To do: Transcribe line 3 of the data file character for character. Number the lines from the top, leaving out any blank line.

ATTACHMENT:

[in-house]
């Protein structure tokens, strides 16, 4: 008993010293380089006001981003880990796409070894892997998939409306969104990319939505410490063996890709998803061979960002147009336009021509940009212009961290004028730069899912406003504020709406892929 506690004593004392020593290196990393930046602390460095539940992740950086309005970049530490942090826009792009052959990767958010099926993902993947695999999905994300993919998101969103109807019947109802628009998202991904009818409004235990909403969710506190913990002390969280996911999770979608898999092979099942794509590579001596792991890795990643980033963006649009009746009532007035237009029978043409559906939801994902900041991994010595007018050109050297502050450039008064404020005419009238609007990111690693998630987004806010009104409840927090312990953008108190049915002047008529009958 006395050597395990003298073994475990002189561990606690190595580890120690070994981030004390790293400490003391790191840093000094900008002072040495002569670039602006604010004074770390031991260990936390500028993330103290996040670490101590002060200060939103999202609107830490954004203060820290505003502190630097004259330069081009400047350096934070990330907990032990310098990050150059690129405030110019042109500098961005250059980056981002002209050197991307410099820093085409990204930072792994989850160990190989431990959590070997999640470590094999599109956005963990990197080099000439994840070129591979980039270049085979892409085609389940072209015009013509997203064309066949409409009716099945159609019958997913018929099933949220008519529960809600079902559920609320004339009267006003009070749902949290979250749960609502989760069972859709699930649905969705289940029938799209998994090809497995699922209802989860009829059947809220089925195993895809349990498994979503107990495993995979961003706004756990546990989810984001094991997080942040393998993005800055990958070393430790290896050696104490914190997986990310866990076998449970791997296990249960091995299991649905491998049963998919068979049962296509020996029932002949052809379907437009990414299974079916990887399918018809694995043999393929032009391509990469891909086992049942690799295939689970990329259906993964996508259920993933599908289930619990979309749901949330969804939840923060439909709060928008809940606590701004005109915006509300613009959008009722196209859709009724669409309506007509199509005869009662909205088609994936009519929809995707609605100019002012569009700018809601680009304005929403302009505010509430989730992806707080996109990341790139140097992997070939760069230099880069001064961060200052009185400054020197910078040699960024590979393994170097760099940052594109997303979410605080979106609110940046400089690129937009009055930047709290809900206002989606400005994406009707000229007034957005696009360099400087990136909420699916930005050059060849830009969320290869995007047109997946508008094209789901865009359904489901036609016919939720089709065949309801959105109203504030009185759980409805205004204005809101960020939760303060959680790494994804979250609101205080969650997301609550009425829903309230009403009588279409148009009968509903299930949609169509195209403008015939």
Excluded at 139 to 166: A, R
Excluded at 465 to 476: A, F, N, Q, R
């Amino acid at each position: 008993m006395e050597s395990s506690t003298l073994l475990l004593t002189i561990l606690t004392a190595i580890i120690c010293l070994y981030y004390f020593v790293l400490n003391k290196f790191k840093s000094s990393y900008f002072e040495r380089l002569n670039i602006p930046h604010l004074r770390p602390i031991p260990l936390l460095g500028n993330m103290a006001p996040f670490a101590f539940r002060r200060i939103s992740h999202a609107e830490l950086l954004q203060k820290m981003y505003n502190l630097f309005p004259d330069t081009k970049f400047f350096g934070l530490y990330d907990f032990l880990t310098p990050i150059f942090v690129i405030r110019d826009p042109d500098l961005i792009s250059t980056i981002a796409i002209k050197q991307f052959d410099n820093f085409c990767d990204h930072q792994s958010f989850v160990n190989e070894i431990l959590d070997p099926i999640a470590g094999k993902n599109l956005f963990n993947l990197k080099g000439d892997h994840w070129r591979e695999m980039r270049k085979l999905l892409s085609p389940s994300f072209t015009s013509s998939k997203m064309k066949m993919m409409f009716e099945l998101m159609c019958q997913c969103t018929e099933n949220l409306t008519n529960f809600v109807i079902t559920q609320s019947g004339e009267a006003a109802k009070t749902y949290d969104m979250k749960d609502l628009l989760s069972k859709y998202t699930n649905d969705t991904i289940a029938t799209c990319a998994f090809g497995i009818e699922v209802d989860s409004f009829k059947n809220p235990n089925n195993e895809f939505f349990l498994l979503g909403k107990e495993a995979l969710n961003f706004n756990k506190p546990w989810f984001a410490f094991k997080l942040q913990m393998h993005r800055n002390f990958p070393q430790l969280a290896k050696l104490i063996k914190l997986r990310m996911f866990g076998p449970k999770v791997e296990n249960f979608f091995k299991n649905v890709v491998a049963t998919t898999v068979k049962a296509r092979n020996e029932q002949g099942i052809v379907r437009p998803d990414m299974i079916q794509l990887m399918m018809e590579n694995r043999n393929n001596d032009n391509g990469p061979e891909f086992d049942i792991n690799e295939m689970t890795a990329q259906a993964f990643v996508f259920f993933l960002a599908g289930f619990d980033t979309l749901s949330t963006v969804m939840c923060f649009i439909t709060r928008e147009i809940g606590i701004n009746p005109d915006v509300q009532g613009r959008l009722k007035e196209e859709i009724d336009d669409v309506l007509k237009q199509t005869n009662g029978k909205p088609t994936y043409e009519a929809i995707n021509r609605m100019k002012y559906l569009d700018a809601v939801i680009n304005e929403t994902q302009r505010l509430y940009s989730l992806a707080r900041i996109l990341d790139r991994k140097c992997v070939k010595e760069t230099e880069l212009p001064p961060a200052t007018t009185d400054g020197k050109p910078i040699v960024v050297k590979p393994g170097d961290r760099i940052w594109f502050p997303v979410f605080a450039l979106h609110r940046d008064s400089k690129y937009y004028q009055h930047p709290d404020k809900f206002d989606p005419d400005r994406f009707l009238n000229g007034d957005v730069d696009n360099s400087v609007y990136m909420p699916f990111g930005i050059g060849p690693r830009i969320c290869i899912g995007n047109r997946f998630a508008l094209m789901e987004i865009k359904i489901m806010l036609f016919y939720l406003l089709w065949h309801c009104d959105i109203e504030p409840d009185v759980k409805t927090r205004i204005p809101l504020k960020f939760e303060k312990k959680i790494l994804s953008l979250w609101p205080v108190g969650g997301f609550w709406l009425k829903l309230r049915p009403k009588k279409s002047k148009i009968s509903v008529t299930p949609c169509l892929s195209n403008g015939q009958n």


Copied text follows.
Excluded at 139 to 166: A, R